231.3 Lane Width

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231.3.1 Introduction

The lane width of a roadway greatly influences the safety and comfort of driving. The extra cost of providing a full 12 ft. lane on higher volume roadways is offset by the reduced costs of shoulder surface maintenance due to lessened wheel concentrations at the edge of pavement. The 12 ft. lane also provides desirable clearances between larger commercial vehicles traveling in opposite directions on two-lane, two-way rural roadways when high traffic volumes are expected. The same holds true when high percentages of commercial vehicles are expected.

Lane widths also affect the roadway's level of service. Narrow lanes force drivers to operate their vehicles laterally closer to each other than they would normally desire. Restricted clearances have the same affect. In a capacity sense the effective width of travelway is reduced when adjacent obstructions such as retaining walls, bridge trusses or headwalls, and parked cars restrict lateral clearance. Further information on the effect of lane width on capacity and level of service can be found in the Highway Capacity Manual (HCM). In addition to the capacity effect, the resultant erratic operation has an undesirable effect on driver comfort and crash rates.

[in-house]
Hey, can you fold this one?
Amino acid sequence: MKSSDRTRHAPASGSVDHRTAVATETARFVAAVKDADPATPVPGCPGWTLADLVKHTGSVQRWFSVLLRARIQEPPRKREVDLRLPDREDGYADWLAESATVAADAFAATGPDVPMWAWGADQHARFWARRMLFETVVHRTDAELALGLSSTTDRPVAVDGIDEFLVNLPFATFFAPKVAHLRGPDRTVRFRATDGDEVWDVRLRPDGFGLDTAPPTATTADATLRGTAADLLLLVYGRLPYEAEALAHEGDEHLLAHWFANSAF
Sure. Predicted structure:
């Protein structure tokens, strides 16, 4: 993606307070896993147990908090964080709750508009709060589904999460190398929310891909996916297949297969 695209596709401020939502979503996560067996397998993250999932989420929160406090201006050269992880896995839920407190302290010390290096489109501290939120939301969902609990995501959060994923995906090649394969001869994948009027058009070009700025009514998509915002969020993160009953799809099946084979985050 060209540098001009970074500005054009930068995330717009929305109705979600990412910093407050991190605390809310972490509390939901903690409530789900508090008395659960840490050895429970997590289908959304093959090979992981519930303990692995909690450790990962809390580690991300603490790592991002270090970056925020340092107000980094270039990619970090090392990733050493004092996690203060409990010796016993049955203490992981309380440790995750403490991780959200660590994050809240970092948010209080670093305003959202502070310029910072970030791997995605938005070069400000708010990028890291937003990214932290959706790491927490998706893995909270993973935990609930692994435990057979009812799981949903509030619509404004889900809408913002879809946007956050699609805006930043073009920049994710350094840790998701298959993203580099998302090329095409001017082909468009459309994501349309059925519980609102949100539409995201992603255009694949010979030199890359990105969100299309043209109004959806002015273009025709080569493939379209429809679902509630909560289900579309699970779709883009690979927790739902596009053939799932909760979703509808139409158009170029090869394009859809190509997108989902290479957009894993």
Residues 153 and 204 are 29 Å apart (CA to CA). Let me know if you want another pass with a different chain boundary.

Although 12 ft. lane widths are desirable on both rural and urban roadways, there are circumstances where more narrow lane widths can be used. In urban areas where pedestrian crossings, right of way, or existing development become stringent controls, the use of 10 or 11 ft. lanes is acceptable. In rural areas with low traffic volumes, the use of 10 ft. lanes is acceptable.

Auxiliary lanes at intersections and interchanges often help to facilitate traffic movements. Such added lanes are to be as wide as the through-traffic lanes but not less than 10 ft. Where continuous two-way left-turn lanes are provided, a lane width of 10 to 16 ft. provides optimum design.

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